The pendency of an application for sanction before a lower Court does not prevent a higher Court from granting the sanction under Section 476 A of the Criminal Procedure Code 1898.
Section 11 of the Indian Oaths Act makes the evidence given under a special oath conclusive proof only as against the person who offers to be bound by it. It does not prevent the Court from attempting to establish that a particular statement made by the deponent is false in fact and false to his knowledge.
Lallubhai Shah, Ag. C.J.
1. Two points have been urged in support of this appeal which has been preferred to this Court under Section 476-B, Criminal Procedure Code. The first point is that as an application for sanction was made by the brother of the present appellant on July 11, 1922, which has not been disposed of, the District Court, to which that Court would be subordinate within the meaning of Section 195, Criminal Procedure Code, would not be competent to make an order under Section 476-A. It is an admitted fact, however, that the application is not rejected by that Court. It is difficult to understand how that ax>ph'cation has remained pending so long. But it being common ground before us that that application is pending, but not rejected, we do not think that there could be any objection to the superior Court taking such action as could be taken by the Court under s 476, Criminal Procedure Code. The pendency of the application cannot mean rejection of the application within the meaning of Section 476 A.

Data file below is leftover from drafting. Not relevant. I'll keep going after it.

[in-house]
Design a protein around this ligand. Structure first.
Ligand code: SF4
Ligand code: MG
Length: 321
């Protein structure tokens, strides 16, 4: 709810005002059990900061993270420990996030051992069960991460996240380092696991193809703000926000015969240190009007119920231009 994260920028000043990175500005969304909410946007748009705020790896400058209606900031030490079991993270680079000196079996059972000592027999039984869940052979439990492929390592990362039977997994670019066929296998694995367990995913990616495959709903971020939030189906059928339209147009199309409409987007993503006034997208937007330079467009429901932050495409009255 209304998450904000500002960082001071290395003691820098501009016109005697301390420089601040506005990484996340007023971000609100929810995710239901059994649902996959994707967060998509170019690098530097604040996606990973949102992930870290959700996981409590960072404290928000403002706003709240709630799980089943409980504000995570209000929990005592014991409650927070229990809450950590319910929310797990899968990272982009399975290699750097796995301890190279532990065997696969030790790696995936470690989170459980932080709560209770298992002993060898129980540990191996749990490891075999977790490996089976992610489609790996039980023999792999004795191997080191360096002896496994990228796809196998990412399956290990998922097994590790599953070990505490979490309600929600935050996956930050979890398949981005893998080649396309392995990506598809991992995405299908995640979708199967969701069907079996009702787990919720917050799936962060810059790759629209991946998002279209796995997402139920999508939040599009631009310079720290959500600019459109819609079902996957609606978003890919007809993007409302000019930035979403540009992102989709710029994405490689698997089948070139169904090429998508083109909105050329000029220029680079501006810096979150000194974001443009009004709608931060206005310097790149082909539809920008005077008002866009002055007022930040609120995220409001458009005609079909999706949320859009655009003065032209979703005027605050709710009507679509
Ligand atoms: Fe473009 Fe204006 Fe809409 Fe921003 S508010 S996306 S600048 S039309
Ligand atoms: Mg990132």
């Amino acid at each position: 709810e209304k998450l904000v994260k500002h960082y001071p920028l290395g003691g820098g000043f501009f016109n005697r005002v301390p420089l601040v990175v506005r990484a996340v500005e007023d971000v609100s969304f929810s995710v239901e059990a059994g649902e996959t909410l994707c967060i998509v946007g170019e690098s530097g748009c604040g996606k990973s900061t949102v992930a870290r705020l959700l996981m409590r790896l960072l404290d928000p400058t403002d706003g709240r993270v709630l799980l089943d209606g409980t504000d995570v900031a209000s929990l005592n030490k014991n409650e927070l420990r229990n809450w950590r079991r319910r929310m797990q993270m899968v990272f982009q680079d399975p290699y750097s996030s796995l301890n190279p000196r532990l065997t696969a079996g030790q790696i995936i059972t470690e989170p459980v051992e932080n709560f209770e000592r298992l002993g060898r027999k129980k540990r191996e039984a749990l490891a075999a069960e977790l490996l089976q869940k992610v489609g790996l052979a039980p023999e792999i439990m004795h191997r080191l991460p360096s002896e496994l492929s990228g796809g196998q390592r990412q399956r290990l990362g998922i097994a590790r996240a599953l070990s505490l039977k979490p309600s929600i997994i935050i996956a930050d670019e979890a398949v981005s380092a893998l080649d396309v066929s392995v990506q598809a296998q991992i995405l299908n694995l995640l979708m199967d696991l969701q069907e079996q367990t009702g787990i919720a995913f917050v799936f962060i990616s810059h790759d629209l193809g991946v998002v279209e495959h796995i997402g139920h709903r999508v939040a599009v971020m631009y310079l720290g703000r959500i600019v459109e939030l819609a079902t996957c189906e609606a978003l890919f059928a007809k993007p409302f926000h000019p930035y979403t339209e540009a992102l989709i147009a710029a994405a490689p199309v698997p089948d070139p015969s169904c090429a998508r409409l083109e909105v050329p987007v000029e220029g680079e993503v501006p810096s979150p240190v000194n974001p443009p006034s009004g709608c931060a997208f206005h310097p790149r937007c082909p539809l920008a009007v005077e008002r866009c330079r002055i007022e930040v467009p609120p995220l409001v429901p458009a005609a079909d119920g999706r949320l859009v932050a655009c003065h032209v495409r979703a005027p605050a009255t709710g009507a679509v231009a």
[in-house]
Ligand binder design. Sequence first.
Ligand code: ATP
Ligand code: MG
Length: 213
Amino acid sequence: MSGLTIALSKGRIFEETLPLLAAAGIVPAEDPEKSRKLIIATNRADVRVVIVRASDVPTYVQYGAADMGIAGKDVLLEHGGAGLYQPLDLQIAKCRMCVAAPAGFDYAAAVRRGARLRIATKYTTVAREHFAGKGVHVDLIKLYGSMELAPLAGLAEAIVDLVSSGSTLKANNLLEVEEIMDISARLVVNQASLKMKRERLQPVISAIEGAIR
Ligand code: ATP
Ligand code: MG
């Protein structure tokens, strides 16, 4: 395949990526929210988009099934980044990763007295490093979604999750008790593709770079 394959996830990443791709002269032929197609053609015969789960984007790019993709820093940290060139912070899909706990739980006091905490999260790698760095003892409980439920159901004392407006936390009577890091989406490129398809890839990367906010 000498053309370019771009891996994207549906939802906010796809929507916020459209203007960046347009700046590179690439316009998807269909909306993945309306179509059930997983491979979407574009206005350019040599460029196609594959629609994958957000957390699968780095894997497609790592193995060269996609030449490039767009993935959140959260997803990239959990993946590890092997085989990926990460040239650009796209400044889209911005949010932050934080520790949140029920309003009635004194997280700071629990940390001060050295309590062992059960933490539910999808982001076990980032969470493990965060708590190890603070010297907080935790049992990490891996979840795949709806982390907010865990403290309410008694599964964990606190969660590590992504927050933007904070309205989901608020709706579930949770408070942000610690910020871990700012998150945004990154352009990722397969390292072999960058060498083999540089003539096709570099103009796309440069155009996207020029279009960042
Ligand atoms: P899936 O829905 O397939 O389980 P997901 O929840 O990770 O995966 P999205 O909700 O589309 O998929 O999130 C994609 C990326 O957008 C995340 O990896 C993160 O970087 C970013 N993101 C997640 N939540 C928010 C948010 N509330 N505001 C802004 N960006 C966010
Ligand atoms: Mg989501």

2. The second point urged is that as the first statement which Was made by the present appellant on January 26, 1921, on special oath it cannot be shown to be false because of the provision of Section 11 of the Indian Oaths Act. That section provides that the evidence so given shall, as against the person who offered to be bound by the special oath, be conclusive proof of the matter stated. The section does not provide that it shall be conclusive proof of the matter stated; but it provides that as against the person, who offers to be bound by the specialoath, it will be conclusive proof of the matter stated. Now the complaint is filed by the Court, and it is open to that Court to show, if it can, that that statement was false, and false to the knowledge: of the person making it. Whether that Court will be able to establish those propositions must depend upon the evidence which will be available at the trial of the, case against the appellant. We express no opinion whatever as to the merits of the complaint at this stage. But Section 11 of the Indian Oaths Act does not prevent the Court from attempting to establish that a particular statement made by the appellant was false in fact and false to his knowledge. In other words it is open to the Court to establish that by making that statement the appellant gave false evidence within the meaning of Section 193, Indian Penal Code. We, therefore, dismiss the appeal.